When I first started tuning ECMs and making high performance programs I road tested almost every job that I did. I wanted to make sure every program I did was doing its job. I was also hungry for engine performance data and collected as much as I could. Road testing takes a while. You have to hook up to a loaded trailer and find a nice hill with some dry pavement if you were to have a shot at getting a good test. Traffic, snow and construction all make road testing a real pain. If there were no loaded trailers to pull or the weather was bad going to full load wasn’t an option. On an average day I’d go on around 4 to 6 road tests and that ended up being the limit on how many jobs I could take on. The engine performance data wasn’t easy to interpret but the road test almost always ended with the driver smiling. When we pulled back into the shop I’d give a thumbs up so the techs could see the job was a success. We really didn’t know how much power we were making but when the owner of the truck was smiling and telling us we did a good job that number didn’t seem to matter.
Then came the dynamometers. Testing with a chassis dynamometer became fast and efficient. A single tech can test a truck in less than 10 minutes before testing another. This meant more ECM tuning jobs per day and a flood of engine performance data to study. Still I couldn’t help feeling something had been lost. As the programs I made became more developed I saw the second half of the throttle became more like an on/off switch because most of the new data I had was based on power pulls under full load. Once I recognized this I started to see the same problem in ECM programs from other tuning shops that rely too much on their dynos. The dyno operators hold the throttle to the floor then pull the engine rpm down never letting up until engine rpm is below 1200. This kind of ECM tuning doesn’t make a good usable program. Programs like this hit their marks at full load but can be erratic and unpredictable at fractional throttle values. A sudden wild surge of power from an engine isn’t something that should happen unless the operator just went to full throttle. Power like that can get scary and unpredictable. Initially these early dynamometer crafted programs would get sent back because they became hard to control unless they were at full load. It wasn’t until after I went out on a road test that I knew what had been lost. Proportional throttle control. This also caused a loss in fuel mileage. When an ECM program is making your power hard to control it’s also making your fuel consumption hard to control. The guys who only care about dyno numbers and turning up the fuel almost never consider this.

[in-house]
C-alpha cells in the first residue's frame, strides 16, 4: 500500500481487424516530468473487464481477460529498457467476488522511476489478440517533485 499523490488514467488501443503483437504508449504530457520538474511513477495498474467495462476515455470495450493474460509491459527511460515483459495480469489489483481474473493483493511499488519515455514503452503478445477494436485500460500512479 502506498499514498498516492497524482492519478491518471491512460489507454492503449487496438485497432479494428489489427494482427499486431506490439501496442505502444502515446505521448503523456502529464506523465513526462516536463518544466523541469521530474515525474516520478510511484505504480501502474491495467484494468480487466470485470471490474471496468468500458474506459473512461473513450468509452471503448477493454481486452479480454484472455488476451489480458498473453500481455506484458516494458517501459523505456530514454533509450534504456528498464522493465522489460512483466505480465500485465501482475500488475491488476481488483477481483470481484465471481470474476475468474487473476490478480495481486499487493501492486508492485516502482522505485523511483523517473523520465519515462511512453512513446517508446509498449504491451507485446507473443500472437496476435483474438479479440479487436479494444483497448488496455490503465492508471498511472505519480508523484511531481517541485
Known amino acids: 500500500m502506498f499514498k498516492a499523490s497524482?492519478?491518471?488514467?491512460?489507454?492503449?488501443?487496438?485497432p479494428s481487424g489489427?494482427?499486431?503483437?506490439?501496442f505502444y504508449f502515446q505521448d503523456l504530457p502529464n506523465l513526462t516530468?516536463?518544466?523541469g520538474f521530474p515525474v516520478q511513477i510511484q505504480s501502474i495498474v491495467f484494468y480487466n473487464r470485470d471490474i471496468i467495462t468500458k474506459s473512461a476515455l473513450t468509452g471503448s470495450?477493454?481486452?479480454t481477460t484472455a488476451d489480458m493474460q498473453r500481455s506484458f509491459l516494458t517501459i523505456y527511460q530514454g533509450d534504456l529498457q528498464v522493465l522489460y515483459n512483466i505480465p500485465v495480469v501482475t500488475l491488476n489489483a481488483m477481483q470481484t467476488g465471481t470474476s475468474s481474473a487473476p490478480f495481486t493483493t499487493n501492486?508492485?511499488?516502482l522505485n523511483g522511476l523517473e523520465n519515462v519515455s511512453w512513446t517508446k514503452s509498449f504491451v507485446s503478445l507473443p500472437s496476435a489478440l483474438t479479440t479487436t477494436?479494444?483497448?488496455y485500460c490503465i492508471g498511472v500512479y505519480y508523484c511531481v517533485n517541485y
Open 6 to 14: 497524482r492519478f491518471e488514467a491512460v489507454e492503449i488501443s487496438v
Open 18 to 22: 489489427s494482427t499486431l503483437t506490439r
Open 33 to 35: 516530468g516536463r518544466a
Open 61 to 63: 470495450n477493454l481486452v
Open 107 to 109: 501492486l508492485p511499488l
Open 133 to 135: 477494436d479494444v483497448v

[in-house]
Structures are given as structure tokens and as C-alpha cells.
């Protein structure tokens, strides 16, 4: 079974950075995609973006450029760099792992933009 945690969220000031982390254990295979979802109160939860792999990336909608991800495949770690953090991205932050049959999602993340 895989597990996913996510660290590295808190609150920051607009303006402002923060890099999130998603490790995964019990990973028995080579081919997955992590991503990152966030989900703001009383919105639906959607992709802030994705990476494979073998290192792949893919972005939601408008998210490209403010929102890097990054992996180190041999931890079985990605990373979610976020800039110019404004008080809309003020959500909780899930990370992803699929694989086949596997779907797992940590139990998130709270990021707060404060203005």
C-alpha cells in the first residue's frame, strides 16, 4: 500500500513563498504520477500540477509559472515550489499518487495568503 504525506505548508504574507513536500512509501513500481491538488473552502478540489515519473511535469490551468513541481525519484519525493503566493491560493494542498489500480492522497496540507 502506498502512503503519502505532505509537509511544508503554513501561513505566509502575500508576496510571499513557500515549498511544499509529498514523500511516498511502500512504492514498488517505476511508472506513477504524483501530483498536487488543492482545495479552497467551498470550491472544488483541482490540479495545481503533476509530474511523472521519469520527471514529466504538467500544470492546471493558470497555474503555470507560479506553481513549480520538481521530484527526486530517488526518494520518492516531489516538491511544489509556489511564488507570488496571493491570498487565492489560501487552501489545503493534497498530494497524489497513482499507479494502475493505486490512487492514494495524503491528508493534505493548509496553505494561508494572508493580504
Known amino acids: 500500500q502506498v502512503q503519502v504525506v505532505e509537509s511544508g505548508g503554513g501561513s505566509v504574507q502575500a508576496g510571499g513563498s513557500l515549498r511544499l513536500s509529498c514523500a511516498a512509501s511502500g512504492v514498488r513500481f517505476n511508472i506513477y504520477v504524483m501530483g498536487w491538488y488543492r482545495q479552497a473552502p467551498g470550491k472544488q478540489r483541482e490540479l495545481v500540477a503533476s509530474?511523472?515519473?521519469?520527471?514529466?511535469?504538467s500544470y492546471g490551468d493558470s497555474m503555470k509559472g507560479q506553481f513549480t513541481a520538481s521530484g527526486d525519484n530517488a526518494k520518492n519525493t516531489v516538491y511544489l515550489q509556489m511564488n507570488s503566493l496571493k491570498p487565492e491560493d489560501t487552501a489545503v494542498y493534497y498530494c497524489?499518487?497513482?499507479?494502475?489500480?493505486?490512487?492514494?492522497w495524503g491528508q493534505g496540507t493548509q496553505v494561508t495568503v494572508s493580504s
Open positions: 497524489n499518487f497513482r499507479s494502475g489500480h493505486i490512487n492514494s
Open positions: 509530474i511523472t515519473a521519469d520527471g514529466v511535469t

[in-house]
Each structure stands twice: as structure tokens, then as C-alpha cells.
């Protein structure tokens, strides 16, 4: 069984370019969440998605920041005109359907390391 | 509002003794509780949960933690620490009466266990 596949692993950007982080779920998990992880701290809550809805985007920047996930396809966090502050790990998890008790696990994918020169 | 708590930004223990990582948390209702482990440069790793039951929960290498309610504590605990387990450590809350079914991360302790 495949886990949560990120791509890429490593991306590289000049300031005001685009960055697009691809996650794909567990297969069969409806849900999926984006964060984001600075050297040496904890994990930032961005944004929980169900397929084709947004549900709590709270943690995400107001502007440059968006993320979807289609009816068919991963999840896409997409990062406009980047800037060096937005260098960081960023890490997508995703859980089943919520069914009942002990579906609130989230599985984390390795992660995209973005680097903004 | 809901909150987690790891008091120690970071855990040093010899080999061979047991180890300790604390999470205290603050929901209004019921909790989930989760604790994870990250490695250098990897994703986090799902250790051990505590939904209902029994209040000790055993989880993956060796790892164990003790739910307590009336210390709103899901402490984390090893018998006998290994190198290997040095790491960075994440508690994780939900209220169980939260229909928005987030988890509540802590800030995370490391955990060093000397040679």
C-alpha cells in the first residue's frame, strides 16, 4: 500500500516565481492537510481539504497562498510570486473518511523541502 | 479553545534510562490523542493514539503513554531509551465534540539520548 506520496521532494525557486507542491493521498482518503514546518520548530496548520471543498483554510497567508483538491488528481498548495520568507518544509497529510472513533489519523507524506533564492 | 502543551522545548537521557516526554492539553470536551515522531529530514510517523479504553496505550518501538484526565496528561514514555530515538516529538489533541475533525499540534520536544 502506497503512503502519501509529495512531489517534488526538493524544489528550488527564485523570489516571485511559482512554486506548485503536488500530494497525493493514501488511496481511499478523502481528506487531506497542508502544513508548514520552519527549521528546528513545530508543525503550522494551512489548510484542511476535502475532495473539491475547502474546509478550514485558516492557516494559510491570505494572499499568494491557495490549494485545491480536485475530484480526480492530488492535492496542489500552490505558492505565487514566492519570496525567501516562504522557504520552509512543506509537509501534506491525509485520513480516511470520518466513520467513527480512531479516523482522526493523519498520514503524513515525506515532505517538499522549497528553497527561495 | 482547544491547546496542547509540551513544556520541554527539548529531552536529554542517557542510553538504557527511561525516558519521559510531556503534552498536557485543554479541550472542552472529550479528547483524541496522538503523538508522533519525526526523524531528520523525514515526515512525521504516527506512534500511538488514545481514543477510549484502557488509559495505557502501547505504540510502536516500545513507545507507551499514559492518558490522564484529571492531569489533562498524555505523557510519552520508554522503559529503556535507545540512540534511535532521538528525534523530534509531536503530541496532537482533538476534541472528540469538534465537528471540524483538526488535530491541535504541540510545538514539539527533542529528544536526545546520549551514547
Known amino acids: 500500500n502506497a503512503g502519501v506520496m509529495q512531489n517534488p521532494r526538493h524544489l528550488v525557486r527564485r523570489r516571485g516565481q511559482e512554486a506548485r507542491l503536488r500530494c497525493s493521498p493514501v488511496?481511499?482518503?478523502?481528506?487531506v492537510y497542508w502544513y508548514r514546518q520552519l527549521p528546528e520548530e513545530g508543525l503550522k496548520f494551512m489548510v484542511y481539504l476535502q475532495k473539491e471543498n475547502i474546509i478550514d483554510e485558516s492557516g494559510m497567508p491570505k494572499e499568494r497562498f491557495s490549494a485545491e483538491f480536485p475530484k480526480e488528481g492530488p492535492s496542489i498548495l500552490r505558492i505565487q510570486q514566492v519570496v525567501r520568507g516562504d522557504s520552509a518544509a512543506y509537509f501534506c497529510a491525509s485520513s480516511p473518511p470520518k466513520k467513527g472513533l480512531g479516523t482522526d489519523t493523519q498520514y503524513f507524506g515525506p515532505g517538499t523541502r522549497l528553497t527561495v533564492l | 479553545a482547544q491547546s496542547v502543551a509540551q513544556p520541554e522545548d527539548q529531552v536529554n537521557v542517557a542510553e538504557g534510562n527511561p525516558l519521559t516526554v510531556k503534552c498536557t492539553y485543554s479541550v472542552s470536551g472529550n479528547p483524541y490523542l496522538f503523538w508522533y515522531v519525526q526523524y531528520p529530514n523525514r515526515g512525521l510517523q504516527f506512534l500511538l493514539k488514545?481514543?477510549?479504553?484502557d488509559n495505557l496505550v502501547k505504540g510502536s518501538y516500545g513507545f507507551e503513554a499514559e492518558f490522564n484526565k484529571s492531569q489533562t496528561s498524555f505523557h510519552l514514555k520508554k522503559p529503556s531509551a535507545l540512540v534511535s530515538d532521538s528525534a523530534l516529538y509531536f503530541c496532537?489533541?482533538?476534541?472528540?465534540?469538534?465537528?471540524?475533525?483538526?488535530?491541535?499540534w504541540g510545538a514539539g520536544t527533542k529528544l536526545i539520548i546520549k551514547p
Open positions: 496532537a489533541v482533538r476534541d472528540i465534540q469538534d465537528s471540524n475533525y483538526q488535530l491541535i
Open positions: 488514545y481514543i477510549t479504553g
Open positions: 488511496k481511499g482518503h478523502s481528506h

A throttle is a control and should feel controllable. The throttle is the most important link between you and your ECM. Together your ECM, your throttle, and you are part of trucks control system. All three need to be predictable and work together to be safe and efficient.
Written by Fernando DeMoura, Diesel Control Service LLC. Website: www.dieselcontrolservice.com Phone 412-327-9400